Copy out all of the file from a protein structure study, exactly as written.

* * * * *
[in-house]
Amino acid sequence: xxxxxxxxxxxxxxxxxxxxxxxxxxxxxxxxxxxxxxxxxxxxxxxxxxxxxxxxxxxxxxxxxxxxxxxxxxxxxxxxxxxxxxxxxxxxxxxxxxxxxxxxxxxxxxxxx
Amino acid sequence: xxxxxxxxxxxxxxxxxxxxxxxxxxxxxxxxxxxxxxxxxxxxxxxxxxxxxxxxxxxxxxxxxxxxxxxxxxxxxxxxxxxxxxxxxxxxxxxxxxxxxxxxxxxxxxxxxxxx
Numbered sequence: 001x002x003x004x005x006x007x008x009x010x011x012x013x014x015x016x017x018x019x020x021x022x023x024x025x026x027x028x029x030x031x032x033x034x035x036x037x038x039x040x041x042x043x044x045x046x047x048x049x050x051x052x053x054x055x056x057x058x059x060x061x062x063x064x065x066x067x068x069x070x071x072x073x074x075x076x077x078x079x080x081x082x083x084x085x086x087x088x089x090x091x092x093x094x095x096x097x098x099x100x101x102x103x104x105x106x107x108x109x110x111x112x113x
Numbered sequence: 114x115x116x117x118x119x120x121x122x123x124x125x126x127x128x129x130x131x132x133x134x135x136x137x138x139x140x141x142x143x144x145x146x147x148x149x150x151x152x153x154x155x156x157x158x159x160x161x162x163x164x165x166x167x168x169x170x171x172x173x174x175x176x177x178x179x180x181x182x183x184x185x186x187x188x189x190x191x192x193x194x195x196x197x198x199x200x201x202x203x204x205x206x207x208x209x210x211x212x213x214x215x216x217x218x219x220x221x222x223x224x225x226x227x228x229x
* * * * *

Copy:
[in-house]
Amino acid sequence: xxxxxxxxxxxxxxxxxxxxxxxxxxxxxxxxxxxxxxxxxxxxxxxxxxxxxxxxxxxxxxxxxxxxxxxxxxxxxxxxxxxxxxxxxxxxxxxxxxxxxxxxxxxxxxxxx
Amino acid sequence: xxxxxxxxxxxxxxxxxxxxxxxxxxxxxxxxxxxxxxxxxxxxxxxxxxxxxxxxxxxxxxxxxxxxxxxxxxxxxxxxxxxxxxxxxxxxxxxxxxxxxxxxxxxxxxxxxxxx
Numbered sequence: 001x002x003x004x005x006x007x008x009x010x011x012x013x014x015x016x017x018x019x020x021x022x023x024x025x026x027x028x029x030x031x032x033x034x035x036x037x038x039x040x041x042x043x044x045x046x047x048x049x050x051x052x053x054x055x056x057x058x059x060x061x062x063x064x065x066x067x068x069x070x071x072x073x074x075x076x077x078x079x080x081x082x083x084x085x086x087x088x089x090x091x092x093x094x095x096x097x098x099x100x101x102x103x104x105x106x107x108x109x110x111x112x113x
Numbered sequence: 114x115x116x117x118x119x120x121x122x123x124x125x126x127x128x129x130x131x132x133x134x135x136x137x138x139x140x141x142x143x144x145x146x147x148x149x150x151x152x153x154x155x156x157x158x159x160x161x162x163x164x165x166x167x168x169x170x171x172x173x174x175x176x177x178x179x180x181x182x183x184x185x186x187x188x189x190x191x192x193x194x195x196x197x198x199x200x201x202x203x204x205x206x207x208x209x210x211x212x213x214x215x216x217x218x219x220x221x222x223x224x225x226x227x228x229x